In the morning we put on our snowshoes in anticipation of yet more snow. But as we scale up a small hill towards Mt Moriah the snow disappears. Taking our snowshoes on and off subject to the conditions had already become a theme of the trip. Depending on the aspect of the hill, the snow would either be non-existent, icy slush or just plain deep.
At the top we encounter another snow-covered plain which leads to the beginning of Lake Ball. Closer to the lake we come across a strange environment of partially submerged, spongy plants with fast flowing rivulets between them. Hopping across we make it to the other side and what we find astounds us. Lake Ball is partially frozen and thick enough to walk on in places. We just didn’t believe this was Australia – it felt like the Patagonian wilds or the Canadian tundra.
The track continues and once again we are on a hillside. It becomes increasingly steep, probably 45 degrees. One false step and you would slide down to the lake shore and perhaps into it. The snow forces us to slam our snowshoes into the side of the hill to get a footing. This became increasingly important as more and more jagged granite rocks started to poke out. Our fear of falling into the lake was replaced by a fear of being impaled. The rocks looked deliberately carved and strategically placed like fortifications intended to keep people away. The weather and the mountains were trying to kill us, this much was clear.
But like the weather on the Plateau, nothing lasts forever and the track once again flattens out. Ahead of us, the gentle incline of Jaffa Vale leads to Dixons Kingdom Hut, perhaps the most famous hut in the park. It is a shallow incline but the going is tough. The snow is uncompacted causing us to drop knee- or even waist-deep into spiky bushes or gaping holes between the vegetation, over and over again.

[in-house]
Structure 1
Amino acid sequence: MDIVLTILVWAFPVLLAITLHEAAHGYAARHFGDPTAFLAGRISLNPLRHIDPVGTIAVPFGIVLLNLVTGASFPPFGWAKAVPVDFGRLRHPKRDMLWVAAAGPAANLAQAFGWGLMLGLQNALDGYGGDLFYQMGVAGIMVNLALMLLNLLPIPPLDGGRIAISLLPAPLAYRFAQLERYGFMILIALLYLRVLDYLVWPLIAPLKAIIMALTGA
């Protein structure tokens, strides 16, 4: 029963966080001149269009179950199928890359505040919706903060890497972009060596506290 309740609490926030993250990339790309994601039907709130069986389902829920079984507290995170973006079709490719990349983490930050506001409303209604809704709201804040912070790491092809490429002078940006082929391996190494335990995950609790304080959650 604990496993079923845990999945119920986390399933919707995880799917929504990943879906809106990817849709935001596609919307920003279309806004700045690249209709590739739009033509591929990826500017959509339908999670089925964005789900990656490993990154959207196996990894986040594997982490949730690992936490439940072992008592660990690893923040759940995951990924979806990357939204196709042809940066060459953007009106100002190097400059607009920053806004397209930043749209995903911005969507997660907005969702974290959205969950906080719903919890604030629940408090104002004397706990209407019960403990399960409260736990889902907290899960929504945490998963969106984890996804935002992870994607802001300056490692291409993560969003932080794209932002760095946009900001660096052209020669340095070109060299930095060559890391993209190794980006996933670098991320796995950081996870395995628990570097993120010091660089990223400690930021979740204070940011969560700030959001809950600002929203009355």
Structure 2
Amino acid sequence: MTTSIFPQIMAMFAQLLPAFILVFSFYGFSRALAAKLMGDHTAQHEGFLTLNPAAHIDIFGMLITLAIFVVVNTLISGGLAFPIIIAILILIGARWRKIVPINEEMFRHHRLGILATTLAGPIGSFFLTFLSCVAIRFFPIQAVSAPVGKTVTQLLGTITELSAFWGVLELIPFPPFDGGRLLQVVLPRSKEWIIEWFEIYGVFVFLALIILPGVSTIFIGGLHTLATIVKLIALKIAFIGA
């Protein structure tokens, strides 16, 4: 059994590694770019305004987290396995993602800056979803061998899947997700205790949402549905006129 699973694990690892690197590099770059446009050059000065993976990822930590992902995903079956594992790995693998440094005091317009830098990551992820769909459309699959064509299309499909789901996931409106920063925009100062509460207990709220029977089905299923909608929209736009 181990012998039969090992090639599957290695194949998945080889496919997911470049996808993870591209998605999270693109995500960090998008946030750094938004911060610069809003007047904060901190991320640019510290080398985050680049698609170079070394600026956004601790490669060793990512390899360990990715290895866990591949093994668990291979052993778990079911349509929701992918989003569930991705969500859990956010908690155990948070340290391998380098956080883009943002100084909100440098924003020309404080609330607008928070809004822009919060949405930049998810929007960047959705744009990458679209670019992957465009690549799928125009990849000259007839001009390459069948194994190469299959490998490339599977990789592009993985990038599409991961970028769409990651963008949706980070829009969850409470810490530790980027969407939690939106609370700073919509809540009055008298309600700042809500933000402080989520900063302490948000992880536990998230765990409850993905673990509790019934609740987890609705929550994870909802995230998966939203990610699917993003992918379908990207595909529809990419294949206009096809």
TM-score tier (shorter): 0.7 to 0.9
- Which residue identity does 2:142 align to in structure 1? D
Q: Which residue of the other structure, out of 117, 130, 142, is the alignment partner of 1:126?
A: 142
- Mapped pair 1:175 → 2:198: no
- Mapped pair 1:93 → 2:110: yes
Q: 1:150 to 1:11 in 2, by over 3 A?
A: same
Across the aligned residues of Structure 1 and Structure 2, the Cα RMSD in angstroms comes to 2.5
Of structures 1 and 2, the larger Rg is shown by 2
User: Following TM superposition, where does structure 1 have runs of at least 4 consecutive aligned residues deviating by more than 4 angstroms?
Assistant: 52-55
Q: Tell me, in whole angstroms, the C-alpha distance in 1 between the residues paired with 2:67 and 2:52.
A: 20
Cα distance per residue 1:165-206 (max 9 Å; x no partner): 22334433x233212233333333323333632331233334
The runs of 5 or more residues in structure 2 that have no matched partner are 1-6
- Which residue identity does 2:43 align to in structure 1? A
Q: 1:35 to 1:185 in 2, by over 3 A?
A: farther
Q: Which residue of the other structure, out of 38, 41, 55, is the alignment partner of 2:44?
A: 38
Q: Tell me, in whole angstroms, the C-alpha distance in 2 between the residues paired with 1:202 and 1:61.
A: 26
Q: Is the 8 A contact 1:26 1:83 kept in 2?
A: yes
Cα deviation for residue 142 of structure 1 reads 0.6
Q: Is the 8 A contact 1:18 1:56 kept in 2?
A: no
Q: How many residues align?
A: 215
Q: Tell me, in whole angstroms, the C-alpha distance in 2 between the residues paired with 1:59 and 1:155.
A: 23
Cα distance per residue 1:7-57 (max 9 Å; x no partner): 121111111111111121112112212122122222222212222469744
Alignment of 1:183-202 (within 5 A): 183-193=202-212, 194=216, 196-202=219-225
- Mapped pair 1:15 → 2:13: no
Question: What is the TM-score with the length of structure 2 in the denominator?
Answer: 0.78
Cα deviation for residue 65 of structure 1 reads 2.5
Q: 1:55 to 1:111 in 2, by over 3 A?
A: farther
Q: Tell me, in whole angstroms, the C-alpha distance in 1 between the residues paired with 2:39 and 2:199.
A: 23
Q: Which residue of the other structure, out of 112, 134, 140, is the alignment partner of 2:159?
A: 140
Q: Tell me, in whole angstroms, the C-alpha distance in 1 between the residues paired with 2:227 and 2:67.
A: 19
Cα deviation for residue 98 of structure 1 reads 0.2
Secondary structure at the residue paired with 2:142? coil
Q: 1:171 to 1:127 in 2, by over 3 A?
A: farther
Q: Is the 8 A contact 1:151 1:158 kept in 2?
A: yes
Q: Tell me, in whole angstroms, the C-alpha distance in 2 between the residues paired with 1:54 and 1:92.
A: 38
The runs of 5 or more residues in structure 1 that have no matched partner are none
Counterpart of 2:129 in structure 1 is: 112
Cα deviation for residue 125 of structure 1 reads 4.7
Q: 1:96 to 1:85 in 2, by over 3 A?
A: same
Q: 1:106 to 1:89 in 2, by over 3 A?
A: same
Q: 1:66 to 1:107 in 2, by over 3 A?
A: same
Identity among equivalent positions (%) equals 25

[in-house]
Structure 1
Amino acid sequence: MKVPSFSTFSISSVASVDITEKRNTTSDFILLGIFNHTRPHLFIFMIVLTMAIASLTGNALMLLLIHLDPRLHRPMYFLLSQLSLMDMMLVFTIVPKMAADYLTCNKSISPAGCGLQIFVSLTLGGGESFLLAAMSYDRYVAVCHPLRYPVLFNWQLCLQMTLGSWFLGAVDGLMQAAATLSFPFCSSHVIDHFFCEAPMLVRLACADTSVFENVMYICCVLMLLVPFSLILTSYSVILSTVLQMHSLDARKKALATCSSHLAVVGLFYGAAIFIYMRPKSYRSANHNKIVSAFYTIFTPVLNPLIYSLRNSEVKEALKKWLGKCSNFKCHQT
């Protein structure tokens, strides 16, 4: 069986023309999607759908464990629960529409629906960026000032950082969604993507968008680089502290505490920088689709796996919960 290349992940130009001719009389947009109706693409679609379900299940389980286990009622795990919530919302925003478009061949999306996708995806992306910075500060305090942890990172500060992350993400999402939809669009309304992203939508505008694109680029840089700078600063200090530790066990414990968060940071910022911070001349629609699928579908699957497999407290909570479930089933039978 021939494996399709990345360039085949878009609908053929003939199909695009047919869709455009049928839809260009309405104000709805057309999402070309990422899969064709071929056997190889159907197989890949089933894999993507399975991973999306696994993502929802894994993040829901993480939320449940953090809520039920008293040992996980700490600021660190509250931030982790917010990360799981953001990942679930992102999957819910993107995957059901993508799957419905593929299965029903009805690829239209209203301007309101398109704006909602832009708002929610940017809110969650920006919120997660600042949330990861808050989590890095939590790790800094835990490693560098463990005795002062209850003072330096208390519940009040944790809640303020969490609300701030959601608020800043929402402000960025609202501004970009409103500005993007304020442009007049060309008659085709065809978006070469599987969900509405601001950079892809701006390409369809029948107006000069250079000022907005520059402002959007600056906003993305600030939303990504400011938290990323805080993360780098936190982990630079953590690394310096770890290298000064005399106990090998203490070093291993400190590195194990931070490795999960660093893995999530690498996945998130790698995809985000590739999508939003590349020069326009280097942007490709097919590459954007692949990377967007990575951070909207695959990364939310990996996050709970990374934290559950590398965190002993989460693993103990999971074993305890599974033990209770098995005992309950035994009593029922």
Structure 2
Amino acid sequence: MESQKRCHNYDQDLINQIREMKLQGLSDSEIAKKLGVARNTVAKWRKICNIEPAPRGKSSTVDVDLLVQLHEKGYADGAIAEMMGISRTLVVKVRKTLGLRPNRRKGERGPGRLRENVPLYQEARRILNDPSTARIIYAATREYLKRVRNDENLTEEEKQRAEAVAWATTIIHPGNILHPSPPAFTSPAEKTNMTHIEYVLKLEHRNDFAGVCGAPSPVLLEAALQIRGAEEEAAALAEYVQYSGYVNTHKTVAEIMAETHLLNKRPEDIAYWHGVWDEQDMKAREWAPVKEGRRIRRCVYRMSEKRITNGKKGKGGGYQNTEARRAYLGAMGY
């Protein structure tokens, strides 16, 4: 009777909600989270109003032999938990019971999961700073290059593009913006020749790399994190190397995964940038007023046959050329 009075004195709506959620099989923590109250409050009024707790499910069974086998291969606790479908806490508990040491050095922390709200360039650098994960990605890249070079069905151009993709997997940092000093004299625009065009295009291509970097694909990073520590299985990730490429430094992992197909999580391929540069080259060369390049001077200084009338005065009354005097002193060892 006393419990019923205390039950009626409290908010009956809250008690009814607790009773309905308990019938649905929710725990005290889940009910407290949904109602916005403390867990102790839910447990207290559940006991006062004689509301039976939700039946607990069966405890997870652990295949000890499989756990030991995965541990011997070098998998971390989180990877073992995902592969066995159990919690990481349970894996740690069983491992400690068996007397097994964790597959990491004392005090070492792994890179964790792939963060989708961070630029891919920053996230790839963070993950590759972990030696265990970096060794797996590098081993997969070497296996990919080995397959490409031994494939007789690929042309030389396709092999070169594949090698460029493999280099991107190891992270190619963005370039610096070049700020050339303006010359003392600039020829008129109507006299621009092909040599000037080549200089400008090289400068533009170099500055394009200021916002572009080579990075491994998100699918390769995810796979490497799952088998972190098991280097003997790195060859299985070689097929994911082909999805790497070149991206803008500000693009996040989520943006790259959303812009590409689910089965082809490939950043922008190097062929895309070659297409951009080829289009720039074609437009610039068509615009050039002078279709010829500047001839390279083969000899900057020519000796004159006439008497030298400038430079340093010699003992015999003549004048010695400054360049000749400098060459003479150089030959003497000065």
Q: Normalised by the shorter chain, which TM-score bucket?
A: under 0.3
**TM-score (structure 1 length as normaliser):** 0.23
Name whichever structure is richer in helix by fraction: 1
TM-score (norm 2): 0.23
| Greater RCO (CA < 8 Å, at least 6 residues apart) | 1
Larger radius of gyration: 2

Arriving at Dixons is bittersweet. Like us, the hut is cold and damp. We eat lunch and watch the rainfall. We are only half way to Wild Dog Creek Camp. Exhausted and freezing, we consider staying the night but decide to push on, ensuring a quicker, earlier exit in the morning.
Just beyond Dixons Kingdom Hut we see deep footsteps imprinted in the snow. Perhaps we aren’t the only crazy people out here, though we’d not actually seen another person since we set out.
Desperate to avoid walking in the dark again we attack the trail and soon enough reach Damascus Gate. The spectacular glory of the main Walls area presents itself: to our left are the imposing cliffs of Solomon’s Throne and King David’s Peak and to our right innumerable lakes, patches of Pencil Pines and a distant stormy horizon. The despair of lunch lifted. The grueling and relentless battle it had been to reach this point was worth it many times over.
We move quickly downhill towards Wild Dog Creek, passing the Pools of Bethesda. Wallabies and wombats casually graze in the bush as we pass. Our third campsite has tent platforms, toilets and tapped water. It feels so developed. There is also a resident possum that is incredibly persistent in its attempts to pilfer our food. The lack of sustenance among the snow made the animal desperate and unperturbed by our shouts and gestures. Everything out here is tough, even the possums.
Just as we finish setting up camp it starts to snow heavily. We have now experienced all types of weather except (thankfully) a severe storm. Tassie’s unpredictable weather is oh so constant.
The final leg of our journey passed Trappers Hut is purposeful. There is still plenty of snow but as we descend little streams of water appear, finally converging and turning the track into a fast flowing creek. Despite only being a few degrees above zero it felt decidedly balmy compared to the cold nights. And, just like that we had left the Central Plateau.